Getting Back Into Rhythm
He was mowing the lawn when it first kicked in. Lightheaded, the 6’3, 275-pound Anacortes, Wash., native reached for his wrist to feel his pulse. What Joseph Sexton felt was not the normal, steady rhythm of the heart we’ve all become accustomed to. His heart was beating very fast – “like a drumbeat.”
That was Mr. Sexton’s first experience with atrial fibrillation (a-fib), the most common type of irregular heart beat. It would be 20 years before he would be able, with the help of Cleveland Clinic heart surgeons, to declare himself free of a-fib.
After many years of anti-arrhythmic medications (amiodarone, Coumadin ®), five cardioversions and an ablation failed to control his irregular heartbeat, Mr. Sexton turned to the Internet to research other treatment options. He found an article by Cleveland Clinic surgeons about a surgical treatment called the Cox-Maze procedure. The paper cited a 95 percent success rate for the procedure.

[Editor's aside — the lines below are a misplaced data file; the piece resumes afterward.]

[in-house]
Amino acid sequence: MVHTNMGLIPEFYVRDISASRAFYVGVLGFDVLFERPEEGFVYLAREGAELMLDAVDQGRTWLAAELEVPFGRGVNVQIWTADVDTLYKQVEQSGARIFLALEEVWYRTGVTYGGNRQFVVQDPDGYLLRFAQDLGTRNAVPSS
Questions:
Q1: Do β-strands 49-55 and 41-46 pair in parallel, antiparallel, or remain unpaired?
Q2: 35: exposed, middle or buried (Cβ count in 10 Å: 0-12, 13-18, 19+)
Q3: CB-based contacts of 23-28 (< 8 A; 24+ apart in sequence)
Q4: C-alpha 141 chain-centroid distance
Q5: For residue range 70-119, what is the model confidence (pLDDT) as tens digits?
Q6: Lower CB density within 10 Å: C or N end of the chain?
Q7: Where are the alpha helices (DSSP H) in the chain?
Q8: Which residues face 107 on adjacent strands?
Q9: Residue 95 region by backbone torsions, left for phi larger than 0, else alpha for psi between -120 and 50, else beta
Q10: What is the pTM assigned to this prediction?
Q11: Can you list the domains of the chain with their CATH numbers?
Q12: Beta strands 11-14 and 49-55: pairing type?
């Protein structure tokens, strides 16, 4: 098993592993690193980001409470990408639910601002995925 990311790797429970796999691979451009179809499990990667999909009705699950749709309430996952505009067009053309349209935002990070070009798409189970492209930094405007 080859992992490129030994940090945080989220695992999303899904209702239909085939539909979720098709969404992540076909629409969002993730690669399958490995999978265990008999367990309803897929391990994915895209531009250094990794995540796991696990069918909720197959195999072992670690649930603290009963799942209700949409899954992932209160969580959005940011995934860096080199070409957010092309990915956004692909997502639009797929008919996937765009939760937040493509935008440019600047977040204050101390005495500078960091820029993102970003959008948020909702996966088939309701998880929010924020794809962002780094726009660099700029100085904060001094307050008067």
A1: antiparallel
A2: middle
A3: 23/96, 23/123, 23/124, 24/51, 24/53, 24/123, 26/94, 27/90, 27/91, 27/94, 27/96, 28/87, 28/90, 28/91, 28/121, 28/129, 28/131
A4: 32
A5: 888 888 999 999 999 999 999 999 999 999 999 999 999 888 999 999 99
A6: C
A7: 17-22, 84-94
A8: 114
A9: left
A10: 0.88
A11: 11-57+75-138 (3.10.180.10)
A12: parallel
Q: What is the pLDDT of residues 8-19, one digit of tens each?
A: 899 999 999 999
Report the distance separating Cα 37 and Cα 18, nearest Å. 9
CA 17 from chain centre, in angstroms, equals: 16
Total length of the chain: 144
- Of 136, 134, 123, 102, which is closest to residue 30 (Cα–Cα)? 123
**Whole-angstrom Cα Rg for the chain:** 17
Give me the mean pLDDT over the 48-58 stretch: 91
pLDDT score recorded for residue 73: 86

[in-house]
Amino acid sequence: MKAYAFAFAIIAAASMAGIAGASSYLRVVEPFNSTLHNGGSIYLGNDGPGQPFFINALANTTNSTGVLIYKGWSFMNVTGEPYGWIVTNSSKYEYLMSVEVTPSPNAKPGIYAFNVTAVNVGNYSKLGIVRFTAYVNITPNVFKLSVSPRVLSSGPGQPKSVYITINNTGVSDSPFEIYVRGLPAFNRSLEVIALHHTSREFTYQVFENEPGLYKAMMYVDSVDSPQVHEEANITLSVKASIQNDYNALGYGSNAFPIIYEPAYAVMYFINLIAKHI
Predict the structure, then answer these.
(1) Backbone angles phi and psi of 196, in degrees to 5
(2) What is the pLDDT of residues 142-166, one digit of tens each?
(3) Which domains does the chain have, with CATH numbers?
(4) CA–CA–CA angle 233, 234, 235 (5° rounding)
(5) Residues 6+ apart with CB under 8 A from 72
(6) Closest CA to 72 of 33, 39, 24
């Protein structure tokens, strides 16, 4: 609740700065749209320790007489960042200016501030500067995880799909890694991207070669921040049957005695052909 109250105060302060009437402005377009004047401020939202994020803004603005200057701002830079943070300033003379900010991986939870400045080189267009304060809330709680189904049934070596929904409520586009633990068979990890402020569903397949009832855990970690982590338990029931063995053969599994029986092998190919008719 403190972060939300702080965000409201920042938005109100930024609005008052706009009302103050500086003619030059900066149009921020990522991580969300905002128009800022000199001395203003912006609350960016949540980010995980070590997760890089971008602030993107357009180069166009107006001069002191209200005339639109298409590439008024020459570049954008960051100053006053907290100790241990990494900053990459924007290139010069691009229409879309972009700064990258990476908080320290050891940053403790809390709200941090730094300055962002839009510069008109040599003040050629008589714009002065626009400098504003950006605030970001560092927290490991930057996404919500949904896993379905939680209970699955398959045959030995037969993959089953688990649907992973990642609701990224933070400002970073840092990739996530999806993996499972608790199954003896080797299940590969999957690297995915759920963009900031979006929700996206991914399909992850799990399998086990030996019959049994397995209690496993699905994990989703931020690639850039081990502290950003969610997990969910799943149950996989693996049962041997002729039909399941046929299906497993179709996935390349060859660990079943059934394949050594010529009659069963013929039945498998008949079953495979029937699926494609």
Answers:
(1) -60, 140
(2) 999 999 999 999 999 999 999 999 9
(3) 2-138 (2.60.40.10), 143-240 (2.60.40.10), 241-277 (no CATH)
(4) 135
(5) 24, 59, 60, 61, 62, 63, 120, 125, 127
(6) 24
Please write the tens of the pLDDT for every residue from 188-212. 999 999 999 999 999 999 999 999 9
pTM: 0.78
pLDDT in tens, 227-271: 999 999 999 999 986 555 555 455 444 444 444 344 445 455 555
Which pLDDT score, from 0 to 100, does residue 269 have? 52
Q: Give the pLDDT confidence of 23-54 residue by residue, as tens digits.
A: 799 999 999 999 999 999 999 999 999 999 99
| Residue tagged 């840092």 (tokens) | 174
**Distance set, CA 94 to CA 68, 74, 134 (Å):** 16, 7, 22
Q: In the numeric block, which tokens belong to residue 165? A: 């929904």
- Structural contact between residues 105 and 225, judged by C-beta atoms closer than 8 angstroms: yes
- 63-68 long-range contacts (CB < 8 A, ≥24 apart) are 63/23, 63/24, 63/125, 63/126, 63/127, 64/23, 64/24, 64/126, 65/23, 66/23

Mr. Sexton checked with his local physicians and with his insurance company – all of whom were on board with his decision to seek out Cleveland Clinic for care. As he continued to research, Mr. Sexton’s confidence in Cleveland Clinic grew. “These [doctors] are the best in the world at what they do. Here is the best place in the world for heart care,” stated Mr. Sexton. “It was scary, but exciting at the same time.”
In July 2003, Cleveland Clinic cardiothoracic surgeon A. Marc Gillinov, MD, performed a successful Cox-Maze procedure on Mr. Sexton. Finally, after 20 years, Mr. Sexton had been cured of his a-fib. Today, he enjoys a life free of all the medications he had previously used to control his irregular heart rhythm and he offers this advice to patients suffering from a-fib: “If you’ve got chronic a-fib, don’t look past the gold standard – the Cox-Maze.”